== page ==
International comparison

The strike, or the fundamental statement of the humanity and intelligence of the working class (Cronin 1979: 195), seems to persist.There is, however, a statistical problem when researchers want to compare several times and places. In general, we have the data published by the International Labour Organisation (ILO) at our disposal. There are quite a few problems with these data because collectors of national data do not follow exactly the recommendations of the ILO (1993). National Statistical bureaus collect three main indicators: number of stoppages, workers involved, and days not worked. It is a commonplace in research on strikes to highlight the inadequacies of officially collected data; sometimes alternative statistics are available, though only for limited periods. The general consensus is that figures for days not worked pick up the bulk of strike volume; by contrast, and hardly surprisingly, figures for numbers of stoppages usually seriously underestimate the actual picture. Probably uniquely, I have personally created an alternative database for the Netherlands. This has been possible because the Netherlands is a small country, so it was relatively easy to search in archives, magazines, monographs, booklets and other sources for strikes and lockouts. I have done this single-handedly over a decade and have been able to cover the whole period of 1830-2005 (see van der Velden (2000; 2003). Similar projects would probably be difficult to accomplish for larger countries, although Tilly and Shorter (1974) have done this for France (1830-1968). The research done by the World Labor Research Working Group (WLG) of the Fernand Braudel Center in New York also shows that it is possible to build large databases containing labour conflicts (see Silver et al. 1995 and Silver 2005). Lockouts have been and are a particularly important indicator of what might be termed 'employer militancy'. While their incidence is generally much less extensive today, lockouts, as with strikes, have not disappeared and are still important in a number of countries. Their continuing use draws attention to the power relations underlying industrial conflict (van der Velden 2006). While there are practical difficulties in distinguishing some lockouts and strikes (and there are further discussions of this in van der Velden (2006), rescuing the lockout from aggregate figures of industrial disputes is still an important scientific duty.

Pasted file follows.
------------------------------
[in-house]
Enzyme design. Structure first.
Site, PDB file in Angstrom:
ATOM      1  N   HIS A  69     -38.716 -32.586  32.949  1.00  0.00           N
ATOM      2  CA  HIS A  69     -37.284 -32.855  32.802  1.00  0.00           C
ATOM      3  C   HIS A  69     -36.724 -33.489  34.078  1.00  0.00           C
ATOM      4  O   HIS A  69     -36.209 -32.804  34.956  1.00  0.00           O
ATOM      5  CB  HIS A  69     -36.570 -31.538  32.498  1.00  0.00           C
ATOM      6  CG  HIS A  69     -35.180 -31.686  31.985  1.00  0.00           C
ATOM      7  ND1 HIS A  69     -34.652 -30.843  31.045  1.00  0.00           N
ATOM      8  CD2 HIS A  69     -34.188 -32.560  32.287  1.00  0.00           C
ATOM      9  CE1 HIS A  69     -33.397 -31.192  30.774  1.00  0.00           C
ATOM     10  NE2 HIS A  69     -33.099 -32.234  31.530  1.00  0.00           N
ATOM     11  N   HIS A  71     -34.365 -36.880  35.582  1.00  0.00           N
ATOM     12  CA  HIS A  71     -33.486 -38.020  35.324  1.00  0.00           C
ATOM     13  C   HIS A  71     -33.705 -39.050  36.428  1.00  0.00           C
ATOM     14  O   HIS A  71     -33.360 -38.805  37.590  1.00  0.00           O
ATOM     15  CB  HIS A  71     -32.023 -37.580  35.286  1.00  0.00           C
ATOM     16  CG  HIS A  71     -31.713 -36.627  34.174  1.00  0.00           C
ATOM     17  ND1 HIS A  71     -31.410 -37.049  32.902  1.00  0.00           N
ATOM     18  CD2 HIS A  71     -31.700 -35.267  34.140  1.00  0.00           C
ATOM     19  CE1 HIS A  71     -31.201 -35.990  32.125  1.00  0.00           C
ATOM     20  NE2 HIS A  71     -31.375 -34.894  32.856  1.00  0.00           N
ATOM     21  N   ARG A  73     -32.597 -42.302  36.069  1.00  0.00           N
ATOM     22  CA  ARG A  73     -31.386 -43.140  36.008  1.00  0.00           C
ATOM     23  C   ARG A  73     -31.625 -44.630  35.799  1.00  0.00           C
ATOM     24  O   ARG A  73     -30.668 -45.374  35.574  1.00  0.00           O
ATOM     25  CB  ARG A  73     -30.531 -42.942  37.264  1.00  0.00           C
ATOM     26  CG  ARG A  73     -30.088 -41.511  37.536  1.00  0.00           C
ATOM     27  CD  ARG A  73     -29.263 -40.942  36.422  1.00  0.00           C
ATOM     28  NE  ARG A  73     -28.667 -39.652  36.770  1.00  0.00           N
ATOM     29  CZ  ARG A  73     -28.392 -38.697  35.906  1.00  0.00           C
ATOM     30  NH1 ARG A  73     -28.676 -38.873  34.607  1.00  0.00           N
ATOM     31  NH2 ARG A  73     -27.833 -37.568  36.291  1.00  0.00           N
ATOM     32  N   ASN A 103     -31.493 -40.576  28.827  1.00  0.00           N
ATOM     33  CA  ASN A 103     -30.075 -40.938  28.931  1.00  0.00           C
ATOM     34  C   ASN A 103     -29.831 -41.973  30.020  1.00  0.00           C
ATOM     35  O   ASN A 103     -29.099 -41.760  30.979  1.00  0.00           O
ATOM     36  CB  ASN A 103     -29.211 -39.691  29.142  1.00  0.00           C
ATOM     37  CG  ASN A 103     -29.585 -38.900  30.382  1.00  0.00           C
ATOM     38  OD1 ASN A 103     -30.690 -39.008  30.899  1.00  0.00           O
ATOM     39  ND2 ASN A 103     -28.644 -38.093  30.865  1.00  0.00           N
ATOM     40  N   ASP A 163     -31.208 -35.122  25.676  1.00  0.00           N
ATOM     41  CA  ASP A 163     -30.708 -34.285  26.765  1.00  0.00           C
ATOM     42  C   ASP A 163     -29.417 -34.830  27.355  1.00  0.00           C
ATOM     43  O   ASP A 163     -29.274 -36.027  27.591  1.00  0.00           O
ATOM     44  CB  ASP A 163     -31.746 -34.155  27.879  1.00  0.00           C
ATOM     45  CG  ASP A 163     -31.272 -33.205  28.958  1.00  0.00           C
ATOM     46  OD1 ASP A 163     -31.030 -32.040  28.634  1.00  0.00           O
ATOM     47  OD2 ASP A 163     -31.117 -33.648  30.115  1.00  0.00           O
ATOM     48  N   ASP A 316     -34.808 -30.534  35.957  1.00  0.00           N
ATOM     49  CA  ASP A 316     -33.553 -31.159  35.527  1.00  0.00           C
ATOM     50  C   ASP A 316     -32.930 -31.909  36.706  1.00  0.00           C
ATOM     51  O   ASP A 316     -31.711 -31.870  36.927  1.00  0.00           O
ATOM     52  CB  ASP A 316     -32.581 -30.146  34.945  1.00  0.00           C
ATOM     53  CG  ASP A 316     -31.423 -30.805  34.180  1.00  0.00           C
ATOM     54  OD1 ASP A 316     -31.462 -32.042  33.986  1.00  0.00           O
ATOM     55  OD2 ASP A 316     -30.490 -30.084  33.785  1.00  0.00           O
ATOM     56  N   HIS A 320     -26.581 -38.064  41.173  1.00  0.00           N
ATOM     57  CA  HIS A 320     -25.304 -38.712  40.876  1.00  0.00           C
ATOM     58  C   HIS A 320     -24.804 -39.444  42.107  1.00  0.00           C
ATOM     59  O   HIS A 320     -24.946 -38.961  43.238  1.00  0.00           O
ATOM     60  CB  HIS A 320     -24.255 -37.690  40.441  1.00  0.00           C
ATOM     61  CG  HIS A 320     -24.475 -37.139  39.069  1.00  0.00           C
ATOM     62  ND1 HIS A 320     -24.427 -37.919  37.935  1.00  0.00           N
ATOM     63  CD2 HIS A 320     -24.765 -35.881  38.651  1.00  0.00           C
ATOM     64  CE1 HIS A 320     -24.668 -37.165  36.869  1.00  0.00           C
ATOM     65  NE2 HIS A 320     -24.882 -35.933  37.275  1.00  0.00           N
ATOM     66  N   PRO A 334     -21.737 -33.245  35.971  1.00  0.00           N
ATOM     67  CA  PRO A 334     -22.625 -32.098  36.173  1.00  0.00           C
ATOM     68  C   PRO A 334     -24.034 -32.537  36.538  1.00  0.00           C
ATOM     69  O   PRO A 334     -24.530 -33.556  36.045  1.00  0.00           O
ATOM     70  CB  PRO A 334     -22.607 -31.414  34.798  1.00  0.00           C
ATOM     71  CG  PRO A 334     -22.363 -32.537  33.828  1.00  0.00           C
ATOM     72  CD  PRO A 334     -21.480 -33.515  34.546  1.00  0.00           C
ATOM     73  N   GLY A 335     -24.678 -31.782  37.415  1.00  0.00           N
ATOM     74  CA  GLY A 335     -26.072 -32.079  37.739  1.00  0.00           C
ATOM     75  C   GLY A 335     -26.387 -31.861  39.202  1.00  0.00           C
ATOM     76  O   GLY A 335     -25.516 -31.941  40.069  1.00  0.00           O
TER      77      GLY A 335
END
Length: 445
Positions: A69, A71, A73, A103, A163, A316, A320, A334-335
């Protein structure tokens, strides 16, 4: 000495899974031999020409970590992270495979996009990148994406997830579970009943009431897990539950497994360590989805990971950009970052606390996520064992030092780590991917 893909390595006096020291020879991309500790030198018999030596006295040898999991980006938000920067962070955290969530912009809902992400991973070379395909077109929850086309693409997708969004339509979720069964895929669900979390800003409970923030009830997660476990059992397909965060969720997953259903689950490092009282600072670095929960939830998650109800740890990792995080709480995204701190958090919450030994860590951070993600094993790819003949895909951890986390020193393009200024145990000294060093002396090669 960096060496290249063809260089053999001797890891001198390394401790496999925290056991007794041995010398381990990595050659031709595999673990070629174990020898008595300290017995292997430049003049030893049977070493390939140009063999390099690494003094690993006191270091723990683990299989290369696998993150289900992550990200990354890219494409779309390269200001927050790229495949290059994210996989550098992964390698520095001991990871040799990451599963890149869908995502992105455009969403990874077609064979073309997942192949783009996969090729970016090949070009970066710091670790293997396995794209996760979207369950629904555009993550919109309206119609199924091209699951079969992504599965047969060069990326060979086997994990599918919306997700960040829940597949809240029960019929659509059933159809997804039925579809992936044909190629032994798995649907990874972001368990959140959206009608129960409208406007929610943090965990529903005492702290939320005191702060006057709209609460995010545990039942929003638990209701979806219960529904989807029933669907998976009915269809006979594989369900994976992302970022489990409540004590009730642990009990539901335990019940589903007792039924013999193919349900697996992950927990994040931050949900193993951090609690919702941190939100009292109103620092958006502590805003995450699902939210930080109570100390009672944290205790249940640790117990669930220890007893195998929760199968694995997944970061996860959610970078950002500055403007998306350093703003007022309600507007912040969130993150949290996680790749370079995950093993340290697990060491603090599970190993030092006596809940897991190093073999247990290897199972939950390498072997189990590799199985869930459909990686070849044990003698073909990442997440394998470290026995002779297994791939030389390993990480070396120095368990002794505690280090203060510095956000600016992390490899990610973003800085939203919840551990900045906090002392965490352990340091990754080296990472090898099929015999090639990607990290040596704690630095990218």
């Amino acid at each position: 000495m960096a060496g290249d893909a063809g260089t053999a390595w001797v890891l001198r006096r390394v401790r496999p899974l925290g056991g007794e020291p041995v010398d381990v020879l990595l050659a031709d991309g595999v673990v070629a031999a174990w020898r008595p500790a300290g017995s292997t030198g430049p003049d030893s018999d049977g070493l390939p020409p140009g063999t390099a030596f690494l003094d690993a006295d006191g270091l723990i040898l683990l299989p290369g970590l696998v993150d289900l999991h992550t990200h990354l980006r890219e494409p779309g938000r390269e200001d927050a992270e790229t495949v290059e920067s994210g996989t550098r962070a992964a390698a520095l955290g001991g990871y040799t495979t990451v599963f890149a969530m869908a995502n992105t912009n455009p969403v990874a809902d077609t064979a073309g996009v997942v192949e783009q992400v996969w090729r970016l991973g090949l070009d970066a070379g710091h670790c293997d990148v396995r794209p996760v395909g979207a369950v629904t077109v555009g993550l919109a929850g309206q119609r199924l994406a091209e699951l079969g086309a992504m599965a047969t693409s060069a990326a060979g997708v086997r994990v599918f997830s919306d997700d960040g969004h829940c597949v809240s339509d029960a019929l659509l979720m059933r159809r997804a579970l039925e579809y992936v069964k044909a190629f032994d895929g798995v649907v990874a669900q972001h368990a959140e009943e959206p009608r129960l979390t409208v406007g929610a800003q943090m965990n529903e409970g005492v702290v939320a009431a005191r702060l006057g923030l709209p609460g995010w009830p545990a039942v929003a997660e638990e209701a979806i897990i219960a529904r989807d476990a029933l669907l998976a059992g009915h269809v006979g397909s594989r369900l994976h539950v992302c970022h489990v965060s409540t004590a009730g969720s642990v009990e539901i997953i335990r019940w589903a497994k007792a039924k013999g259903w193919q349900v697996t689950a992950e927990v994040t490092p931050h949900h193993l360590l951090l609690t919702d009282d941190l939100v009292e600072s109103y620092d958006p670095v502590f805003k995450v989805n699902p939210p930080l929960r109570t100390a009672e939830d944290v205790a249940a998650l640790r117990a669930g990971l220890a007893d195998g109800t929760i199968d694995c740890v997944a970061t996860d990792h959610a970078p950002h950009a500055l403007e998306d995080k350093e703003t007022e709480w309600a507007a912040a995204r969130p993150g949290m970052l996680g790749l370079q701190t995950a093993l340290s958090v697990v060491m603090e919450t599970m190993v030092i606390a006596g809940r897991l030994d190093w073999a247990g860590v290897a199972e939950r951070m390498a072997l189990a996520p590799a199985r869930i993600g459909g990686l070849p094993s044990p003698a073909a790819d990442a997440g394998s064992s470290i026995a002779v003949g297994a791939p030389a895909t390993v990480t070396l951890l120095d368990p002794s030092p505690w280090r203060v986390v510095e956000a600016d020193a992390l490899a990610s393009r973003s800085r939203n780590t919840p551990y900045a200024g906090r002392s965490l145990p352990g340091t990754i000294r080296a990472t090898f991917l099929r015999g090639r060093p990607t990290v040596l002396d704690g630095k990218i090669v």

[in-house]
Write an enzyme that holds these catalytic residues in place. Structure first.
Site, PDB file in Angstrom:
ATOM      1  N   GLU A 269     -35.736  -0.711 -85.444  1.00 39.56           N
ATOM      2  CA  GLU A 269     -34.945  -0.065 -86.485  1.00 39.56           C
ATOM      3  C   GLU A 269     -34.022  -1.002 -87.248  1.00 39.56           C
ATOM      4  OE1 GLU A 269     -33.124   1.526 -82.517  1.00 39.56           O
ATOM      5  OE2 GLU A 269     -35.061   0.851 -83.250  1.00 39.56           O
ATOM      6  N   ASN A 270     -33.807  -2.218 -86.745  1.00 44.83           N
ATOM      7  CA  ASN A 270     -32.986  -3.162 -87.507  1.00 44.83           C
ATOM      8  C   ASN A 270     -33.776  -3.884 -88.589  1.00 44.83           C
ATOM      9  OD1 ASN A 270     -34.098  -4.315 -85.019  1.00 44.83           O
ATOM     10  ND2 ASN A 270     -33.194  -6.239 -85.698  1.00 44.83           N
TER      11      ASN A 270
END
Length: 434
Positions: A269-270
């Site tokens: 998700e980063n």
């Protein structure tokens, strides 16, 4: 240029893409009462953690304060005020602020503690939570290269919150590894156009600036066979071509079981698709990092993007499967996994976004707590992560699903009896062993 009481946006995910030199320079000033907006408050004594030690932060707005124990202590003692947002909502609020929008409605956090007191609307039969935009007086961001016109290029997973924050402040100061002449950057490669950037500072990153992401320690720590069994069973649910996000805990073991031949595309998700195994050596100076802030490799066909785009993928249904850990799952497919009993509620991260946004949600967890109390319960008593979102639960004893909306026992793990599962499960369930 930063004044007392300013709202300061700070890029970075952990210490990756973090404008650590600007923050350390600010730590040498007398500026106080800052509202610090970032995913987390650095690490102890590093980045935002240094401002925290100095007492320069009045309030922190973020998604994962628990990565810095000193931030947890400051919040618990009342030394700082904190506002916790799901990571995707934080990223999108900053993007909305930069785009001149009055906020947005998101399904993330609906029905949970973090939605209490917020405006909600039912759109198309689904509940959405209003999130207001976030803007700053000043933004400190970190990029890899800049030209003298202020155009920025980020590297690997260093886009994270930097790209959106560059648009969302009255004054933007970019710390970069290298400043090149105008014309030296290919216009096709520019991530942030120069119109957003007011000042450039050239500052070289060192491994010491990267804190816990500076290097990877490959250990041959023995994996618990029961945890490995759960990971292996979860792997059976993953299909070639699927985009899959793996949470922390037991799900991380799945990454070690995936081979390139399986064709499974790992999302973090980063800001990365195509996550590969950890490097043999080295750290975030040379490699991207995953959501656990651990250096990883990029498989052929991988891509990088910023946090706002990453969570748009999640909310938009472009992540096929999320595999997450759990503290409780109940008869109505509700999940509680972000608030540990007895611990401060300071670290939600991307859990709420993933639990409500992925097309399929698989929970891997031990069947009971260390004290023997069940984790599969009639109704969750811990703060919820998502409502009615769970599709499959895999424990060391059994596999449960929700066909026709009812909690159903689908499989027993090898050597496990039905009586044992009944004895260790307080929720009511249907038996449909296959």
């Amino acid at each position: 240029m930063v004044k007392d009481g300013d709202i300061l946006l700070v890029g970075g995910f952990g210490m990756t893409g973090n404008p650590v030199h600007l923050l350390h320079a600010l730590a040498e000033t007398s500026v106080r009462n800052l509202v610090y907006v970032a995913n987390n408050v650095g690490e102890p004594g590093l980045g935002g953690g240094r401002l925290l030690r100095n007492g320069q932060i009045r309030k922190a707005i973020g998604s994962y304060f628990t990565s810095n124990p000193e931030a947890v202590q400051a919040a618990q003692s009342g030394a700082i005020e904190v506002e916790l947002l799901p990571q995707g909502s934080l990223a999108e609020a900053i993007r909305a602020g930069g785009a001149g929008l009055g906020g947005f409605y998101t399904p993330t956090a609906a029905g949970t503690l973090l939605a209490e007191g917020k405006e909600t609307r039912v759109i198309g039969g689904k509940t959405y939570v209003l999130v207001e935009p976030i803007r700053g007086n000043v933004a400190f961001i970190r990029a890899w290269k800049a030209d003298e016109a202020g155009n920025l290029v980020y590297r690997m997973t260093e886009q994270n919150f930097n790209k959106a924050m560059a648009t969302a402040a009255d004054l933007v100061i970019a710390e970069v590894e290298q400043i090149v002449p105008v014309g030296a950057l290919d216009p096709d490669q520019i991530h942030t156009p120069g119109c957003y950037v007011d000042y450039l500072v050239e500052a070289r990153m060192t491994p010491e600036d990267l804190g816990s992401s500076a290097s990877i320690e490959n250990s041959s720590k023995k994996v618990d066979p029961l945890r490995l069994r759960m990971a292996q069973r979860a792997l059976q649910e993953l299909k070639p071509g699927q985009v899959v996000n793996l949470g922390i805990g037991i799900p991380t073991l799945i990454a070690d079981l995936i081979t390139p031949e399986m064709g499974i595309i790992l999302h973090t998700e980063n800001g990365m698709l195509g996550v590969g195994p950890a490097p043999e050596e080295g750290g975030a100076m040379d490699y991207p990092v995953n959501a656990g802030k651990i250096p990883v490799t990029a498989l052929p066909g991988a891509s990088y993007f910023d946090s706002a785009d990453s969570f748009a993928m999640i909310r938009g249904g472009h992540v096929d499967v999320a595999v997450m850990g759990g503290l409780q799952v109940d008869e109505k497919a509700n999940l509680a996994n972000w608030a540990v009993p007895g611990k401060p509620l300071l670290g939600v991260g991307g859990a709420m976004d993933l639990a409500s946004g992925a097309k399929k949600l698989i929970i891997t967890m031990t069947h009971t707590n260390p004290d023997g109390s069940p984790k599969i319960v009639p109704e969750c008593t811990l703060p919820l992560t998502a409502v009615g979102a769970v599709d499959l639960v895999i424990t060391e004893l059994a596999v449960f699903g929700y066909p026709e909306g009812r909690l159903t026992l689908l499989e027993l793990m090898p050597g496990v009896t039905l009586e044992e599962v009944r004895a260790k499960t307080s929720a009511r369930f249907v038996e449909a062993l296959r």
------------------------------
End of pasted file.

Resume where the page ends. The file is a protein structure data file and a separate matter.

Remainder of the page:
An international network

So, labour conflicts are an important phenomenon in the history of capitalism, but also in other societies in which unequal labour relations exist. Through labour conflicts, social, economic, political and legal relations have been greatly altered. Researchers concerned with social and economic history but also those involved with institutional or political history cannot ignore labour conflicts. The International Institute of Social History (IISH) has taken the initiative to set up a network of scholars (a collaboratory) working with this kind of data, and to establish a moderated list of data files of labour conflicts (a hub). Scholars working in this field are invited to register their work, and to make their databases available through the internet - either on their own web pages (which will then be made accessible via the IISH-list) or on the web pages of the IISH. The databases cover strikes, lock-outs and other labour conflicts. The reason for collecting this data is, as has been said before, that the official data of the various national statistical offices and derivatively those of the ILO are demonstrably incomplete, often not easily comparable, and often available only at a high level of aggregation (annual data).

We wish to construct this collection in a similar way to the existing collection of data on wages and prices, of which Prof. Jan Luiten van Zanden is the moderator. See:

[url]http://www.iisg.nl/hpw/[/url]

To obtain such a list, we call on researchers who have access to digital records of data about labour conflicts to make these available to the IISH, or connect them to the collection via a link. We will begin with inventorizing existing digital records and websites. Ideally, the records should be constructed according to the following format:
  1. Definitions. The terms, definitions and measurement as stated bythe ILO (1993) will be used.
  2. Coverage. The statistics should cover the whole nation or any specific region, and go back in time as far as possible
  3. Basic data to be collected includes:
    1. Strikes, lockouts and other expressions of class struggle as covered in 1.
    2. The number of workers involved in these actions
    3. The duration of these actions in days regardless of year or season
    4. The amount of time not worked by workers directly, indirectly or secondary involved in these actions
    5. The number and names of the companies involved, including conglomerates to which they belong
    6. The demand(s) that caused the actions
    7. The outcome of the actions and method of settlement
    8. The calendar date of the actions